Woman blocked from dead mum’s house
A woman has broken down in tears as rowdy climate change protesters barred her from reaching the home of her mum who passed away on Sunday.
The Melbourne woman, named as Sally, was approached by A Current Affair as she sat in her car on Tuesday, unable to pass through the Extinction Rebellion crowd.
"Dad passed away 10 months ago and Mum passed away on Sunday at home in that building," she said, fighting back tears.
"I'm supposed to be there having hospital beds picked up, mats picked up, lifting machines picked up. I heard that these d**kheads were here yesterday so I rescheduled it, and I've come along this morning (and) they're here again."
She added that she could try do a loop and park further away and walk but leaving her house that morning she fell and dislocated her knee. "I don't know what I'm going to do," she said.
"I just want to get to the home so I can start organising all the clean-up, medicines and drugs that are there from the palliative care and the hospital bed that Mum died in, and I'm sitting here. D**kheads, I don't even know what they're on about, what's it for?"
Reporter Reid Butler told Sally it was "for the environment" and "civil disobedience" was the tactic.
"F***ing environment. People are more important," she said. "They think it's so important but what is important is the everyday, good Australian people just trying to go about their everyday lives. It's not fair."
Sally added, "I brought one of my dogs because I didn't want to come to the house alone as it is and now I just can't even get to the house. It's just disgusting."
The A Current Affair crew spoke to some of the protesters and explained Sally's situation, asking if they would let her pass.
She started to slowly drive through the crowd, but a lone protester jumped in front of her car before others quickly intervened. As she drove past, Sally leaned out the window and called the woman a "b**ch" as the protester said "sorry".
The program also interviewed an elderly man who had been prevented from getting to hospital. "What a joke, won't let people go around their own business," he said. "I've got an appointment for cancer at St Vincents, I've got to walk and I'm not allowed to go up there. They won't let me go. What a joke."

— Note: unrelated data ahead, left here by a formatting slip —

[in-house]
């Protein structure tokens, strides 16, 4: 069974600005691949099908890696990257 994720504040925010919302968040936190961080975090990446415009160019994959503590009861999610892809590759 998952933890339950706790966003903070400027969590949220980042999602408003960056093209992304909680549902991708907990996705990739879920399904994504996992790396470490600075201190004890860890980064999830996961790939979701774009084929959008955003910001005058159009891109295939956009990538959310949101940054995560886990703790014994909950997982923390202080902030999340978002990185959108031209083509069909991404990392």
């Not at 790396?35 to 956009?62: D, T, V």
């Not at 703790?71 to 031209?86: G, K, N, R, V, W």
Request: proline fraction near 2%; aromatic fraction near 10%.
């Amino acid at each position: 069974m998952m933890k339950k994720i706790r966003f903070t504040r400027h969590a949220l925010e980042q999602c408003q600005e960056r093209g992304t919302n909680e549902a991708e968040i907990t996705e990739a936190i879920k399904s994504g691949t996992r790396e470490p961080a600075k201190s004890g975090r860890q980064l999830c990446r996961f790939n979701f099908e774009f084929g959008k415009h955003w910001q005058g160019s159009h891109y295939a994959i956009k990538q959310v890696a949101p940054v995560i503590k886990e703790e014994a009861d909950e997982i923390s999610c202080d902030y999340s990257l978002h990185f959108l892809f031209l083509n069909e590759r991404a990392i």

MORE CHAOS ON WEDNESDAY
It comes as protesters from the global group prepare for a third day of disruption in major cities as part of a so-called "Spring Rebellion" demanding action on climate change.
In Melbourne, at least 100 activists are expected to camp each night in Carlton Gardens. Protesters on bikes will block a number of intersections along Gertrude, Hoddle and Johnston streets in Carlton this morning.
At 3pm, "swarming teams" will meet at Bowen Lane for briefings "before heading into the city to disrupt business as usual", and from 5pm protesters plan a "disco disruption" in the CBD.
In Sydney, protesters will disrupt trains this morning with flash mobs through numerous carriages to talk to commuters about climate change.
Protesters are planning to meet at Belmore Park outside Central Station at 9am. At 1.30pm, more protesters will meet back at Belmore Park ahead of a "take back the streets" rally.
NSW Police urged the group to not disrupt travellers and commuters.
"The rail network is an integral part of the integrity of the city, so I would ask that protesters not disrupt people going about their day-to-day rail travel and to ensure that they are safe," Assistant Commissioner Mick Willing said.
An Extinction Rebellion spokeswoman said the group's actions would not be disruptive but instead would involve activists simply boarding trains and speaking to commuters about climate issues.
In Brisbane, protesters are planning a "water birth for a better earth" event at Southbank River Quay, while "swarming flash mobs" will roam Queens Gardens through the week.
In Adelaide, protesters will disrupt traffic and plan to hold a "block party" on Friday night.
On Tuesday night, Queensland Premier Annastacia Palaszczuk vowed to fast-track proposed laws to jail protesters for up to two years if they use "dangerous devices" such as drums with concrete and locks.
The laws will also give Queensland Police increased powers to search people for such devices.
"I say to protesters, 'What if it was your mother or grandmother that was held up from getting to hospital because of your actions, blocking streets?'," Ms Palaszczuk told The Courier-Mail. "It's time to get these laws passed. We will bypass the normal submissions period and get them promulgated within days."
On Tuesday, 10 Extinction Rebellion protesters - including Paul Jukes, who suspended himself in a hammock from Brisbane's Story Bridge - were arrested and charged after blocking roads, chaining themselves to fences and attaching themselves to devices such as drums filled with cement.
There were 56 arrests in Melbourne on Tuesday, according to the group, and more than 40 people have been arrested in Sydney so far.
- with AAP